Two point guards born in the 1990’s will be making their All-Star Game debuts this weekend. Stardom was all but guaranteed for Kyrie Irving since the minute he stepped on the floor at Duke. For Jrue Holiday, the road to Houston has been much rockier. He is still relatively anonymous on the national stage, but he has the talent to be right there with Irving in the discussion for the best young point guard in the NBA.

At 6’4, 200 with a 6’7 wingspan, Holiday has the size of a shooting guard and the speed of a point guard. That combination presents tremendous problems for opponents on both sides of the ball. It’s almost impossible for defenders to stay in front of him and his size allows him to survey the court and find the open man from any spot on the floor. On defense, he can match up with either backcourt position, giving the 76ers a lot of lineup options.

Holiday is the rare young PG with no holes in his game. A gifted scorer and dynamic ball-handler who can stop on a dime, he averages 19 points a game on 45 percent shooting. If you play off him to cut off his driving lanes, he can punish you from distance, with a career three-point shooting percentage of 37 percent. And if you send help, he can distribute the ball and find the open man, averaging 8.9 assists on 4.0 turnovers a game. His athleticism allows him to impact the game as a rebounder (4.2) and defensive player (1.5 steals) as well.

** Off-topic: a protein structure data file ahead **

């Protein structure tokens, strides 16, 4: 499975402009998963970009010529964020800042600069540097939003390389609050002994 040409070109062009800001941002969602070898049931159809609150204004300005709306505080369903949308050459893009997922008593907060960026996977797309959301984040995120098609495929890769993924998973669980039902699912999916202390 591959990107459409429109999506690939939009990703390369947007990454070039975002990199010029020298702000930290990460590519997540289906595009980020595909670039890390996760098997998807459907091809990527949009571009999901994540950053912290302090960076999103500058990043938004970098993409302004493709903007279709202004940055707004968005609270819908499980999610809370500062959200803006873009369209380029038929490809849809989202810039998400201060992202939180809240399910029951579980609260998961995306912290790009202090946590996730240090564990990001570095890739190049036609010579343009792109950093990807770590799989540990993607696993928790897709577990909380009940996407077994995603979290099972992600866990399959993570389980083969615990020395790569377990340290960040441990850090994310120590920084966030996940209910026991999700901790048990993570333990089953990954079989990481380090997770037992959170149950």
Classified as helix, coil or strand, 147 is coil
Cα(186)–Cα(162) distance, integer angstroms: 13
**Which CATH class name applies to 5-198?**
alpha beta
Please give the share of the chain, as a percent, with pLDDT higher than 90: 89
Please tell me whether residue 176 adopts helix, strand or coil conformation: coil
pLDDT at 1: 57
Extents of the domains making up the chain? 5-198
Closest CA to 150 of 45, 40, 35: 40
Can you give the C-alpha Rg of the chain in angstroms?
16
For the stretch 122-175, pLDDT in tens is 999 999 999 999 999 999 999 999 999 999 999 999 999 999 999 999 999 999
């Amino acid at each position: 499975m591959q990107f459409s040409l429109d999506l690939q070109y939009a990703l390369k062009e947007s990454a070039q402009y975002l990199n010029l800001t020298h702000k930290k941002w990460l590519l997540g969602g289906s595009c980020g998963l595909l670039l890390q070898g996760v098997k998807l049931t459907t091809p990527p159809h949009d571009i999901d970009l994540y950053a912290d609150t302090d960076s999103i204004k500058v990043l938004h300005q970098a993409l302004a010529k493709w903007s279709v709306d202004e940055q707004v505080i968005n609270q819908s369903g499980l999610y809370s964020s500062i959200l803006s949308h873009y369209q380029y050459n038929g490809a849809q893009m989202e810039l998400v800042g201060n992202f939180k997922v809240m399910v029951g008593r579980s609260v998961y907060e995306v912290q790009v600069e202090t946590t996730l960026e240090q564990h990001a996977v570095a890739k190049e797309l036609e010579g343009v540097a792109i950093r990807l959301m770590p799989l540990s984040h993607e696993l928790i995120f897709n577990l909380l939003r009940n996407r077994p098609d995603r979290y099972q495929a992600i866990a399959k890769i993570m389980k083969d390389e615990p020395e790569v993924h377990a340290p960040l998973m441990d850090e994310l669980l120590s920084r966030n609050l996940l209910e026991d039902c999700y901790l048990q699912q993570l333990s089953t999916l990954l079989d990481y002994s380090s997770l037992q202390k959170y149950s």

A lack of opportunity, not talent, is what held him back before. In his one season at UCLA, Holiday was forced to play out of position next to Darren Collison in Ben Howland’s methodical offense. As a result, he slipped all the way to the No. 19 pick in the 2009 draft. The players taken ahead of him, from Stephen Curry to Tyreke Evans and Brandon Jennings, had the freedom to dominate the ball on lottery teams. Holiday was at the bottom of a deep pecking order in Philadelphia.

In his first season with the 76ers, he was seventh on the team in field goal attempts, behind Andre Iguodala, Elton Brand, Thaddeus Young, Lou Williams, Sam Dalembert and Willie Green. The next summer, Philadelphia created even more of a logjam when they selected Evan Turner with the No. 2 overall pick. Rather than addressing their glaring need for a big man, the 76ers suddenly had a roster full of perimeter players -- Holiday, Iguodala, Williams and Turner -- who needed the ball in their hands to be successful.

By Holiday’s third season, they had enough talent to make the playoffs. The addition of a veteran coach in Doug Collins, as well as an untimely injury to Derrick Rose, created an opening to make an unexpectedly deep run. They took the Celtics to seven games in a tough (both to watch and play) second-round series, but their unbalanced roster had clearly reached its ceiling. So they rolled the dice this off-season, moving Iguodala for Andrew Bynum as a part of a complicated four-way deal that rocked the NBA.

Unfortunately, Bynum hasn’t been healthy and has yet to even see the floor. And with Iguodala traded, Brand amnestied and Williams leaving in free agency, the 76ers roster became one of the thinnest in the NBA. They’ve managed to stay afloat this season almost entirely due to the efforts of Holiday and Thaddeus Young. Only four Philadelphia players have a net positive rating in their floor time this season; Young and Holiday are the only two above +1.2.